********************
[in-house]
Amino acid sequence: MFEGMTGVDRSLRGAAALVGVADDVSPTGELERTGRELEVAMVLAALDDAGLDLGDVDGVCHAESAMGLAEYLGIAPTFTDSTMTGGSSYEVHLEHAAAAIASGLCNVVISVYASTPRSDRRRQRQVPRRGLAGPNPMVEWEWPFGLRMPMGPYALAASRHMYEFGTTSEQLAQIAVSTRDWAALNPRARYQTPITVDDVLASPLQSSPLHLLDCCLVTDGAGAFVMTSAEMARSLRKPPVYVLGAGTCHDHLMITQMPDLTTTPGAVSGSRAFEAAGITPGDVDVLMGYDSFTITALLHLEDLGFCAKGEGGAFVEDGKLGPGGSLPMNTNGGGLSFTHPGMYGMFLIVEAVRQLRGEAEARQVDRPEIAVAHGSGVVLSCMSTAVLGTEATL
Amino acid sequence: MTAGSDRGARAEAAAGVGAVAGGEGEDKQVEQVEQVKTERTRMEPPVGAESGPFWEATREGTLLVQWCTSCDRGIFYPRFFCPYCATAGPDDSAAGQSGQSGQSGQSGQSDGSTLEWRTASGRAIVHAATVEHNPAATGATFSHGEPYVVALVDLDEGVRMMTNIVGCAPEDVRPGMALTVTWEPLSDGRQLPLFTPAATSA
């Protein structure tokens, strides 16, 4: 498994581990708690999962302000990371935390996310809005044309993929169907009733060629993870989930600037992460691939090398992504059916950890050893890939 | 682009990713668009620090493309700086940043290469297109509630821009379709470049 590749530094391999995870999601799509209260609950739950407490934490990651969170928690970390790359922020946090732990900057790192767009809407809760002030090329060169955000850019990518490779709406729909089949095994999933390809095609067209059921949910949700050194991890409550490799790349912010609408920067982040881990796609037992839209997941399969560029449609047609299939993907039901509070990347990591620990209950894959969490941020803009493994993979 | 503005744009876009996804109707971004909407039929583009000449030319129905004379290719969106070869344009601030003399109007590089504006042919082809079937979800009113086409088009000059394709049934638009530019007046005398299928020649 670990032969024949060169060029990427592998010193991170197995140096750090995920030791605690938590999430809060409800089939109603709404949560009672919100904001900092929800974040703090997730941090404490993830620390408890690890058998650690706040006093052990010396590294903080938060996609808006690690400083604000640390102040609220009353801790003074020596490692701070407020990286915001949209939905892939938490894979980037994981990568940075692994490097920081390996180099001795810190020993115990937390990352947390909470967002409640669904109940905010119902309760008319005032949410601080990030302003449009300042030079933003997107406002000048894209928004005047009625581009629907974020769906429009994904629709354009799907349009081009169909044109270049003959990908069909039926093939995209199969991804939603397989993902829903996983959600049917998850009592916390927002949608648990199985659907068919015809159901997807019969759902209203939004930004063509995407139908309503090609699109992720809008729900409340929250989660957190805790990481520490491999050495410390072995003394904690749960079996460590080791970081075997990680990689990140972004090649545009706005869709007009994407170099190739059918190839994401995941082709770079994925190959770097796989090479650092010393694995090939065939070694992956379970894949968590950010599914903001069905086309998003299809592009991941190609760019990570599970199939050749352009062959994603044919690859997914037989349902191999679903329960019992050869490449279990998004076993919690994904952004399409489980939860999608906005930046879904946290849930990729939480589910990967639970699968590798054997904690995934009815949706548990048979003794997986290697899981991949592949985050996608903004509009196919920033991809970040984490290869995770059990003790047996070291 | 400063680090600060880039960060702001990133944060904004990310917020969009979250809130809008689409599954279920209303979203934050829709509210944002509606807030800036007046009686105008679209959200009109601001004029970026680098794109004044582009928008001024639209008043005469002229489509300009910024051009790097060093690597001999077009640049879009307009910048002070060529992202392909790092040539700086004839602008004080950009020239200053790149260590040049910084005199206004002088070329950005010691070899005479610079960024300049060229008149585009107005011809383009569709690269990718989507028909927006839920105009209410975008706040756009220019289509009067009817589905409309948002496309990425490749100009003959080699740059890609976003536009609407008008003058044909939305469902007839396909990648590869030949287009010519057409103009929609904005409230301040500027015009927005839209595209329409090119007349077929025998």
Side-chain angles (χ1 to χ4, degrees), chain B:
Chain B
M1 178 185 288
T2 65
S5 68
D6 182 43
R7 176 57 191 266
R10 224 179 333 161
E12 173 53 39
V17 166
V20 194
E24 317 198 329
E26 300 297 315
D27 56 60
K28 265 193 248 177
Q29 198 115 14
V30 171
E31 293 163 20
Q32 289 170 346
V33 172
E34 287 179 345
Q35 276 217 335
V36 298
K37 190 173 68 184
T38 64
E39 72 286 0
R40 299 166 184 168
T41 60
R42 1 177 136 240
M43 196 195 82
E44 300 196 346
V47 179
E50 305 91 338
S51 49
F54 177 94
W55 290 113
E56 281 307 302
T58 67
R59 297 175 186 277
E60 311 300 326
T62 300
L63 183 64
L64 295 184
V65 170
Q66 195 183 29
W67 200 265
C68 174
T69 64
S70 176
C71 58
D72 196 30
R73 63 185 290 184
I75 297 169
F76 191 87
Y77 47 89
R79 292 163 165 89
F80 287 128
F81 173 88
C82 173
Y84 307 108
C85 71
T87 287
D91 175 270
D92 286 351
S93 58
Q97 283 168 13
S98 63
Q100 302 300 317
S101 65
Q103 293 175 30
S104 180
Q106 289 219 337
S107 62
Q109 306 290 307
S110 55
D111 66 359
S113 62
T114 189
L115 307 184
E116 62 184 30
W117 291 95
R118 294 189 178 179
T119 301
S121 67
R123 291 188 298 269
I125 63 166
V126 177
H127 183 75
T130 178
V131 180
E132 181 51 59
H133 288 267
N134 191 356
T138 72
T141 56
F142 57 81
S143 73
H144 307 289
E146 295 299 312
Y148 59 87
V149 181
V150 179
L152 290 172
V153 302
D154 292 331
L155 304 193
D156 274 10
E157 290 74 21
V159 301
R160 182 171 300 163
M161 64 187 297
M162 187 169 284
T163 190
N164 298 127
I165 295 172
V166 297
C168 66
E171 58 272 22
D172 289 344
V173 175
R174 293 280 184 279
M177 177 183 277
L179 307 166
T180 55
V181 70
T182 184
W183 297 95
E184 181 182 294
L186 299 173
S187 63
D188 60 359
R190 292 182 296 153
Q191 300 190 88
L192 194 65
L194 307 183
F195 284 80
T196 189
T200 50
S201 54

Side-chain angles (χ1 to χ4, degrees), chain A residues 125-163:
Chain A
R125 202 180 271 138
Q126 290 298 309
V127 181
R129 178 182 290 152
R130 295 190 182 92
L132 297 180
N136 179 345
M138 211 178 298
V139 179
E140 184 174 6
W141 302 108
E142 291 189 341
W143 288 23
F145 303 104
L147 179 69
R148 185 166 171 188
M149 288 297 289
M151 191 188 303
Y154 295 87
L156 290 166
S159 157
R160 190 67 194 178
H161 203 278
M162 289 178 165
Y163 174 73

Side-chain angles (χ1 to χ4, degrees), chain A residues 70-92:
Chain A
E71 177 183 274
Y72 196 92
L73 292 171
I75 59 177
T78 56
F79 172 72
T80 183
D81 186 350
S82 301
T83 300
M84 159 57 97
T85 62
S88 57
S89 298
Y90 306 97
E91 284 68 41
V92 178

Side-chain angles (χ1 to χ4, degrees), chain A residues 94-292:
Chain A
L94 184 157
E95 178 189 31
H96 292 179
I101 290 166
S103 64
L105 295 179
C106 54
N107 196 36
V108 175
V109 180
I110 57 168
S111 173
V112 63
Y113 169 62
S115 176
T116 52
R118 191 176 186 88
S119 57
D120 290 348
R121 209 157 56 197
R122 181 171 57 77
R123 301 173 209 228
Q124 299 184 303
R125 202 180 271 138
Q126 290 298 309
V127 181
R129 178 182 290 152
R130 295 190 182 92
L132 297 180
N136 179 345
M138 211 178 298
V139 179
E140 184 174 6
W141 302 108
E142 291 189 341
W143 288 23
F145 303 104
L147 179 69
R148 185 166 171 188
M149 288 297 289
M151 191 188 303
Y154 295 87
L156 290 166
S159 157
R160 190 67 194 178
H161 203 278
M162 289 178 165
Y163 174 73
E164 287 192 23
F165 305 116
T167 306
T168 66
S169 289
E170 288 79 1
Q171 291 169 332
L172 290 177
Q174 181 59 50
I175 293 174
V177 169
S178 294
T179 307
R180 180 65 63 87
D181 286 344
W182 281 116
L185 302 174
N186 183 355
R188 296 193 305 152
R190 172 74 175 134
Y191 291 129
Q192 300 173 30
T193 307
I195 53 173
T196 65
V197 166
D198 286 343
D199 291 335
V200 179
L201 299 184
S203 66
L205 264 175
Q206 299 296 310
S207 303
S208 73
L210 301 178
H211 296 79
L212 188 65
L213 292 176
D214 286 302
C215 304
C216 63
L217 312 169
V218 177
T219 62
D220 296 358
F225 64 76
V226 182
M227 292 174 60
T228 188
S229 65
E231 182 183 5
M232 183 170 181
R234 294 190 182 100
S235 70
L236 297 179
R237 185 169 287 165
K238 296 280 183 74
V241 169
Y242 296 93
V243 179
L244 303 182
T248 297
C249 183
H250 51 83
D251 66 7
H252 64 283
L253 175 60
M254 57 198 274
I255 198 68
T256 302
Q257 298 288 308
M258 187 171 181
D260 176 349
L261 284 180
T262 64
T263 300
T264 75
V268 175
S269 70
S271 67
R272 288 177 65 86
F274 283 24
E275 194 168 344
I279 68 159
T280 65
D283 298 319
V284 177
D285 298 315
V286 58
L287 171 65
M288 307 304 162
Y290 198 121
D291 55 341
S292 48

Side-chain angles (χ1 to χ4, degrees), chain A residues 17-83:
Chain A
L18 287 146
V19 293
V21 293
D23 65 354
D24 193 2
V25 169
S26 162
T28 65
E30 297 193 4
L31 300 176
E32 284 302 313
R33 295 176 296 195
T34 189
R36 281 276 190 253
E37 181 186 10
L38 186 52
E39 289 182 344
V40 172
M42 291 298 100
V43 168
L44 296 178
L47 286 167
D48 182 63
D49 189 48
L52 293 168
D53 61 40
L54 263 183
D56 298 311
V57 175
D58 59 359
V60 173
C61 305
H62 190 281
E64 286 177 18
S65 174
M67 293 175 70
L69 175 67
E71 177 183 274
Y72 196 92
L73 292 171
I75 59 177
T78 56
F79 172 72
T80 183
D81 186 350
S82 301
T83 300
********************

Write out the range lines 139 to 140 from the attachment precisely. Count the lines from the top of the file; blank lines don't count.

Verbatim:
L194 307 183
F195 284 80